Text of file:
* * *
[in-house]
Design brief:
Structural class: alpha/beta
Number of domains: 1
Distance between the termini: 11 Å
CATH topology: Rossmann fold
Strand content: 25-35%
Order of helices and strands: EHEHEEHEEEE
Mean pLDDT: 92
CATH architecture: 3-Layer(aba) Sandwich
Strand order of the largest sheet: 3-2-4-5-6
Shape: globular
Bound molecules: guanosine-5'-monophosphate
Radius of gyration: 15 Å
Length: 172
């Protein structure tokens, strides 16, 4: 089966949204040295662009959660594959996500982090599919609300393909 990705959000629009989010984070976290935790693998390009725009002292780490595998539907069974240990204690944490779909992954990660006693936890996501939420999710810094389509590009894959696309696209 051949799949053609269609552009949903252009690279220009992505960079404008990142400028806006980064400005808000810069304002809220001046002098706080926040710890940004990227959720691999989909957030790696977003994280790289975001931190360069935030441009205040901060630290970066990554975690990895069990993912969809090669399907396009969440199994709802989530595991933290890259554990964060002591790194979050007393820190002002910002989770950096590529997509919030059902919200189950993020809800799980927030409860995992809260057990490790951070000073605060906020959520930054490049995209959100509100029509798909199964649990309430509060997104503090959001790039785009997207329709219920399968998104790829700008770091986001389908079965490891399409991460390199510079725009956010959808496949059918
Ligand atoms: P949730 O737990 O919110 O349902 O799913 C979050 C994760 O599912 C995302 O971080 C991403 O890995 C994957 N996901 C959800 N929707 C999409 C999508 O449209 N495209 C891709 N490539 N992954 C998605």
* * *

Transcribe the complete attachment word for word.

[in-house]
Design brief:
Structural class: alpha/beta
Number of domains: 1
Distance between the termini: 11 Å
CATH topology: Rossmann fold
Strand content: 25-35%
Order of helices and strands: EHEHEEHEEEE
Mean pLDDT: 92
CATH architecture: 3-Layer(aba) Sandwich
Strand order of the largest sheet: 3-2-4-5-6
Shape: globular
Bound molecules: guanosine-5'-monophosphate
Radius of gyration: 15 Å
Length: 172
């Protein structure tokens, strides 16, 4: 089966949204040295662009959660594959996500982090599919609300393909 990705959000629009989010984070976290935790693998390009725009002292780490595998539907069974240990204690944490779909992954990660006693936890996501939420999710810094389509590009894959696309696209 051949799949053609269609552009949903252009690279220009992505960079404008990142400028806006980064400005808000810069304002809220001046002098706080926040710890940004990227959720691999989909957030790696977003994280790289975001931190360069935030441009205040901060630290970066990554975690990895069990993912969809090669399907396009969440199994709802989530595991933290890259554990964060002591790194979050007393820190002002910002989770950096590529997509919030059902919200189950993020809800799980927030409860995992809260057990490790951070000073605060906020959520930054490049995209959100509100029509798909199964649990309430509060997104503090959001790039785009997207329709219920399968998104790829700008770091986001389908079965490891399409991460390199510079725009956010959808496949059918
Ligand atoms: P949730 O737990 O919110 O349902 O799913 C979050 C994760 O599912 C995302 O971080 C991403 O890995 C994957 N996901 C959800 N929707 C999409 C999508 O449209 N495209 C891709 N490539 N992954 C998605």